I already said you could change the calculate group index stuff to
cache when it was valid. Then the call would basically be a no-op when
called. Building up a large molecule and recalculating that on the
addition of each and every atom addition/removal etc is also very
inefficient - especially when building large molecules.

In many instances the group index is never used, hence the change. I
think an approach like partial charges would work better.

I think the best option will be addition of variable d->invalidGroupIndices,
and recalculation on first access to Atom::groupIndex

17.02.2011, 19:05, “David Lonie” loniedavid@gmail.com:

From a design standpoint, what would be the best way to handle this? I
understand that it’s a bad idea to lock Molecule::lock from inside a
member function, but calculateGroupIndices should really be called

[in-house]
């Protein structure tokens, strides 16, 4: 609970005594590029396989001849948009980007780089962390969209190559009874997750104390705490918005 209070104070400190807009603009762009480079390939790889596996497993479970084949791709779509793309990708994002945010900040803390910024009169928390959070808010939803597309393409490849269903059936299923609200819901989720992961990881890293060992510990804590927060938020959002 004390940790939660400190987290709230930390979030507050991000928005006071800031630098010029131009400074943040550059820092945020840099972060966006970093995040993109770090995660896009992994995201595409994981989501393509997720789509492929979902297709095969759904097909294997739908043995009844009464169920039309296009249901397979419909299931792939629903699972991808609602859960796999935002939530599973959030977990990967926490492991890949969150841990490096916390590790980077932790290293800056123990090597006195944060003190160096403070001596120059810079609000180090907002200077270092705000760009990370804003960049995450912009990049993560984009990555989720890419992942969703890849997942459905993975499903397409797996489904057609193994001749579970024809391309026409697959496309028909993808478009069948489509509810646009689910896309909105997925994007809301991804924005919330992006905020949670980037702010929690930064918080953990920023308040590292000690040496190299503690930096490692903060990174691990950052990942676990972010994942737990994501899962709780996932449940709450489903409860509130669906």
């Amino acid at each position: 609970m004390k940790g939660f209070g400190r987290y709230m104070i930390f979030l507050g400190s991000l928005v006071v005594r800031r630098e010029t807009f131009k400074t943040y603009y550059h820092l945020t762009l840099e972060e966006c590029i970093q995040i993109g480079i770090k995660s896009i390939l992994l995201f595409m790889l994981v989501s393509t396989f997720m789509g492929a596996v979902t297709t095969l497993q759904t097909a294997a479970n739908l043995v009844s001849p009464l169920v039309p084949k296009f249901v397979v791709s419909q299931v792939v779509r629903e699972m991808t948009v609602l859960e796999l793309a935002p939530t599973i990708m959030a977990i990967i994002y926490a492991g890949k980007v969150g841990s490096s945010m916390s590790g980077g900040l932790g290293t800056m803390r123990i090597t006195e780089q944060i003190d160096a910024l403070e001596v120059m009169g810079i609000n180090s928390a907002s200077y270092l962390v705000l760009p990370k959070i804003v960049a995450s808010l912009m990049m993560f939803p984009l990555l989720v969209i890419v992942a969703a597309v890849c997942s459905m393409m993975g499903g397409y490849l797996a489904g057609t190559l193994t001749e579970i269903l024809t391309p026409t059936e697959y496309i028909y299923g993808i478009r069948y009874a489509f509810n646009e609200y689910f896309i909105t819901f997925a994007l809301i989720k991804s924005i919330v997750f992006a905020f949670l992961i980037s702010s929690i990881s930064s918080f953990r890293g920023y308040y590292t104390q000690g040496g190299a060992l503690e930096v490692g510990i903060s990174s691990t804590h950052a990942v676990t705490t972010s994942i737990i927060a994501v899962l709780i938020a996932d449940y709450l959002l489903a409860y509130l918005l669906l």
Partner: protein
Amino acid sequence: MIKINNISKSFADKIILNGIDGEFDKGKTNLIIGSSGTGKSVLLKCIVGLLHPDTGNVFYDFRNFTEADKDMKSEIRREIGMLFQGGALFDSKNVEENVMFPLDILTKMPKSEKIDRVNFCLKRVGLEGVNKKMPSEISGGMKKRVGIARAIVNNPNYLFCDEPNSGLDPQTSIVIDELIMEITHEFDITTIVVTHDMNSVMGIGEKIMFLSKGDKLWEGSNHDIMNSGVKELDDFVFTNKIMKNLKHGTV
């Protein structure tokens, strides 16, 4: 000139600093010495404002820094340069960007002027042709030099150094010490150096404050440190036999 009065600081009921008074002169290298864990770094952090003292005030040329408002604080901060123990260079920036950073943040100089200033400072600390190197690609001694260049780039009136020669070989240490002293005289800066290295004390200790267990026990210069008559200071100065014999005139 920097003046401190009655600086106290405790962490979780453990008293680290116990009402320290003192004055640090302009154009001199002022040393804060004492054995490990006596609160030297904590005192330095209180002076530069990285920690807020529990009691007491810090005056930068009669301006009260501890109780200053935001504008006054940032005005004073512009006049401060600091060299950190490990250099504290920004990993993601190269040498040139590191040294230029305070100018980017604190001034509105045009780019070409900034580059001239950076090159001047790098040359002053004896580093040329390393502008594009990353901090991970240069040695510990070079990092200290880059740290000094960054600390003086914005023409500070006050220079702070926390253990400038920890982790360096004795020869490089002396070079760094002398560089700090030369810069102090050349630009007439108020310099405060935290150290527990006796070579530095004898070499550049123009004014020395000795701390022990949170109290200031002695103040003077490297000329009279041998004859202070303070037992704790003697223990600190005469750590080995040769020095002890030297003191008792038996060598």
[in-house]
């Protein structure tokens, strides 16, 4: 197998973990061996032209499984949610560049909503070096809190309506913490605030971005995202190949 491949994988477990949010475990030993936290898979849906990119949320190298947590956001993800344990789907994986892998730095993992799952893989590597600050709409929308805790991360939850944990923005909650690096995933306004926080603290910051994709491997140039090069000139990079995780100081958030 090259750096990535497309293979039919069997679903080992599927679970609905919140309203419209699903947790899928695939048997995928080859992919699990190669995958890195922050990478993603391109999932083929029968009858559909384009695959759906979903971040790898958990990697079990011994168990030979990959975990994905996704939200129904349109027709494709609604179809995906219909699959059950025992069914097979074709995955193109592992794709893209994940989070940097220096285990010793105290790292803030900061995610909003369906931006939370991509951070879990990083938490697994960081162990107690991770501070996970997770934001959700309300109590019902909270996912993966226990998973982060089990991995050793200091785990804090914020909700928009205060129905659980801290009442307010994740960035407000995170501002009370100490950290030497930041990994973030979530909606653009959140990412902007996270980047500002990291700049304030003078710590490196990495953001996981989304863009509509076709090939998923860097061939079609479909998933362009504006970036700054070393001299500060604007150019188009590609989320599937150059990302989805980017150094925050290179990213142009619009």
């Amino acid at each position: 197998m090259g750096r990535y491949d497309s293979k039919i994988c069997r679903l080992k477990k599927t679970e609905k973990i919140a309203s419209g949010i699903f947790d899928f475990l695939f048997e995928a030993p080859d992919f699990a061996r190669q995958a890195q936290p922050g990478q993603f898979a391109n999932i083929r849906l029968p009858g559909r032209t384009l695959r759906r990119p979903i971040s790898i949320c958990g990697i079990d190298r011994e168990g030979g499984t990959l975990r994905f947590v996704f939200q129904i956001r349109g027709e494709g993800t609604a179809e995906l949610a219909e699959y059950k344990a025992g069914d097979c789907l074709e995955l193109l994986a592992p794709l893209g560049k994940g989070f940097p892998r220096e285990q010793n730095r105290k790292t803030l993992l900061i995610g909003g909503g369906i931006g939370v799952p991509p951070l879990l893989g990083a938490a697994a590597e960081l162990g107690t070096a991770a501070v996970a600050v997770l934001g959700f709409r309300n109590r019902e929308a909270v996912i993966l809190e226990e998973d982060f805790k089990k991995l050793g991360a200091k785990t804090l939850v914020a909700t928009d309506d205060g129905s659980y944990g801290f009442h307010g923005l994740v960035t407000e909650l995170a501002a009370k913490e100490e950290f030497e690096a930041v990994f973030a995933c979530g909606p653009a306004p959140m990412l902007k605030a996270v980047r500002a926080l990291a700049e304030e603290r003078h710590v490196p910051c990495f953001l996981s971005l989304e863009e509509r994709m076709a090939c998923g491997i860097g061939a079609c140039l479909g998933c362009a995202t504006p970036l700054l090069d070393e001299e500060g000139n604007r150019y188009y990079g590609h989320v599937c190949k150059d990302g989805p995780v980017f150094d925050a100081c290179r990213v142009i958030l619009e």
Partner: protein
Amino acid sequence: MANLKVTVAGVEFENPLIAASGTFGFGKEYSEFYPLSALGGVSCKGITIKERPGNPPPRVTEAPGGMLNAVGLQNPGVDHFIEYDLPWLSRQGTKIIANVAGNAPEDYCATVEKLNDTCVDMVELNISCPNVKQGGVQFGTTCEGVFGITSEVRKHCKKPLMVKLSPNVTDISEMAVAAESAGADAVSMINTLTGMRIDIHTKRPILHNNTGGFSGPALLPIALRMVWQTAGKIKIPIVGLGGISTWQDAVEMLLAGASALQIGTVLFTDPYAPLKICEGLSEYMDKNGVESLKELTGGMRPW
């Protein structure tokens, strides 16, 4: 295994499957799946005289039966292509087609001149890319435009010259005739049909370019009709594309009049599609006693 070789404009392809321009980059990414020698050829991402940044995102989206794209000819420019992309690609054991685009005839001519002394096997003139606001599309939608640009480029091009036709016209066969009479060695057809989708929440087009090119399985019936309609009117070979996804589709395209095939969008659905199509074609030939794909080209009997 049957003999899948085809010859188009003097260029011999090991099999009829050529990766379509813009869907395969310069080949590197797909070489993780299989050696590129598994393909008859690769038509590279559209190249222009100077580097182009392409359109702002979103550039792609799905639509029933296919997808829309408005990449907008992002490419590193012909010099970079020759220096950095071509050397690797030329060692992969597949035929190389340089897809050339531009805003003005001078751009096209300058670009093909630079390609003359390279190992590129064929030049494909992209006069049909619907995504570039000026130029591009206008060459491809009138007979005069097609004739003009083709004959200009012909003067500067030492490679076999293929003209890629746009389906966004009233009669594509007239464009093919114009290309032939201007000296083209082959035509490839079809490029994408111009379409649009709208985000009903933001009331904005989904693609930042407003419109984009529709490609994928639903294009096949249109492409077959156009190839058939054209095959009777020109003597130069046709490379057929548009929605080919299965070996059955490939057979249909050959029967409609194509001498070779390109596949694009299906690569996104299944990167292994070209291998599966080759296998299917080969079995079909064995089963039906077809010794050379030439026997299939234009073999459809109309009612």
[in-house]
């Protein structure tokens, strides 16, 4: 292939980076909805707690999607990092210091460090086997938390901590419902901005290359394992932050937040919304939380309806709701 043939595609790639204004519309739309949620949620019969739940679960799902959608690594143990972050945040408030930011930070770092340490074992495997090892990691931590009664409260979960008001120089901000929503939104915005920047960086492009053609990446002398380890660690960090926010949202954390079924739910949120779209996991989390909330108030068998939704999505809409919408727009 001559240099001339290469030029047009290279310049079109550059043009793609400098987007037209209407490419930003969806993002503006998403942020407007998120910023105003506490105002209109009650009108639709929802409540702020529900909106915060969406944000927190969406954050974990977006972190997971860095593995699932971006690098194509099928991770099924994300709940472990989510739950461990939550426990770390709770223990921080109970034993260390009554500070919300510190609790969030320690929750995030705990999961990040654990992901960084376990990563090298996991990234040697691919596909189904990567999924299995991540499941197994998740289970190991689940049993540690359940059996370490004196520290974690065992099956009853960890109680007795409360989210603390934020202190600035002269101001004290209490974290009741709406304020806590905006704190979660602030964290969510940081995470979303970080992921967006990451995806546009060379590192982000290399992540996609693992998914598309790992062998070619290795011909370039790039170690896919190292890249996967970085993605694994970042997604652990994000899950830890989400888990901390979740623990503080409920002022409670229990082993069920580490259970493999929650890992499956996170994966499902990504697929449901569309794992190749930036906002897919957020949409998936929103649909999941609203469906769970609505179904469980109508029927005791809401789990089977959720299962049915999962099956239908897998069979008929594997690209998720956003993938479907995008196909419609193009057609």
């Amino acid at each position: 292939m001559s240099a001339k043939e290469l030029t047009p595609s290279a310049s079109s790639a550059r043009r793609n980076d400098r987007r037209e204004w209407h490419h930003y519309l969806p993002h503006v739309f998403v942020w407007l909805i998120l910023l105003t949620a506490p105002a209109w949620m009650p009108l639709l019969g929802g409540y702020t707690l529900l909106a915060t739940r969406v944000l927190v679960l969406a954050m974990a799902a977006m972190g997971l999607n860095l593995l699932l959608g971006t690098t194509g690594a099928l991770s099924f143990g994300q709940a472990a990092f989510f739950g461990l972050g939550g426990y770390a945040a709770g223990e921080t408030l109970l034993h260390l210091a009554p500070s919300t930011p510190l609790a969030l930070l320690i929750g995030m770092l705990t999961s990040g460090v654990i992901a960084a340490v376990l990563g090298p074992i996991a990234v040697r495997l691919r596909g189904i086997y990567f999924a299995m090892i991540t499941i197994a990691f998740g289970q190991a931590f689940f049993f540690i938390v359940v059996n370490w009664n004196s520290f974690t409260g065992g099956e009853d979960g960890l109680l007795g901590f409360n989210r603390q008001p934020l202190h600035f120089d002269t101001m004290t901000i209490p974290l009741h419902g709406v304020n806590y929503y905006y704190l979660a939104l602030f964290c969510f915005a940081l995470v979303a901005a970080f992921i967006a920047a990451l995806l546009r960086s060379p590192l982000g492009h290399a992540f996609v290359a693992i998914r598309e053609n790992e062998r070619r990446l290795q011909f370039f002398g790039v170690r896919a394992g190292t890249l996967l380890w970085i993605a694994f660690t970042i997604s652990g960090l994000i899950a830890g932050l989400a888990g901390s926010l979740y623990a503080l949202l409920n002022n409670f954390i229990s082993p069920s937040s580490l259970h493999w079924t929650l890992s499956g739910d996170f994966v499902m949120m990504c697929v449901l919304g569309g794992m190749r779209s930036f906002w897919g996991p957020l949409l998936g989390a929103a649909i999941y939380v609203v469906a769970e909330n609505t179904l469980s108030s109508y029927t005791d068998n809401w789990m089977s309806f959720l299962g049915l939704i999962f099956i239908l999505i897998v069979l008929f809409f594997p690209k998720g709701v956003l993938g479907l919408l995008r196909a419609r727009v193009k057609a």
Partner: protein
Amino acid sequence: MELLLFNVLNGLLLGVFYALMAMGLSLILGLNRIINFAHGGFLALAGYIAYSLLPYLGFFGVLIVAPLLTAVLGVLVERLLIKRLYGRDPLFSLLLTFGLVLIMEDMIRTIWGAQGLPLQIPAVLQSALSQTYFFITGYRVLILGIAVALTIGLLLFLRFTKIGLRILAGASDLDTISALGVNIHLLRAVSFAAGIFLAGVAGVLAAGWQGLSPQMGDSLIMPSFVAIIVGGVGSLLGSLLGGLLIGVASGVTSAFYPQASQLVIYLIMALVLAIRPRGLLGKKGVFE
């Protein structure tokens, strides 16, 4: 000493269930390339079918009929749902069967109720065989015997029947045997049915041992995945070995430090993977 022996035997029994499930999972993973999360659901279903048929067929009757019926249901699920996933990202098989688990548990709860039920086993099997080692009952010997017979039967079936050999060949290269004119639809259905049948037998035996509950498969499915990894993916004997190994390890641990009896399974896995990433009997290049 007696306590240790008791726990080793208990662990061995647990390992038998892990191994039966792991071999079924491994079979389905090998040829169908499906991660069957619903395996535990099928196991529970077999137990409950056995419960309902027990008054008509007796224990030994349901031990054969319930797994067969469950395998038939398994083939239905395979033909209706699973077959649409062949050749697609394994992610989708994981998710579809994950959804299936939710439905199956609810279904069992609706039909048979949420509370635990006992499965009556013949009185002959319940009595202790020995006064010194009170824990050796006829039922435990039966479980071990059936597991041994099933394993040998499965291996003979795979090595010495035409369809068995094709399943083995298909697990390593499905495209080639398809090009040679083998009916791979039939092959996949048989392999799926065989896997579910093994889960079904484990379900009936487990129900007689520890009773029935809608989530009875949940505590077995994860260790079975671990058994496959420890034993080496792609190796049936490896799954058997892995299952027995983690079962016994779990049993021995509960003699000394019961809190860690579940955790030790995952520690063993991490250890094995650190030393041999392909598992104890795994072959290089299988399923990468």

inside of a read-lock. Since this is a slot called from a signal, it
doesn’t seem possible to read-lock this in an obvious way.

Perhaps a if(!lock()->tryLockForRead()){return;} at the beginning of
the function would be best?

I guess you propose tryLockForRead() because lockForRead() will
deadlock if write lock is acquired in the same thread. However it would
be better if calculateGroupIndices waited for unlock in case lock was
acquired in another thread. Any ideas?


Regards,
Konstantin

On Thu, Feb 17, 2011 at 12:42 PM, Konstantin Tokarev annulen@yandex.ru wrote:

17.02.2011, 19:05, “David Lonie” loniedavid@gmail.com:

From a design standpoint, what would be the best way to handle this? I
understand that it’s a bad idea to lock Molecule::lock from inside a
member function, but calculateGroupIndices should really be called
inside of a read-lock. Since this is a slot called from a signal, it
doesn’t seem possible to read-lock this in an obvious way.

Perhaps a if(!lock()->tryLockForRead()){return;} at the beginning of
the function would be best?

I guess you propose tryLockForRead() because lockForRead() will
deadlock if write lock is acquired in the same thread. However it would
be better if calculateGroupIndices waited for unlock in case lock was
acquired in another thread. Any ideas?

Right – Molecule::lock should only be locked from outside of the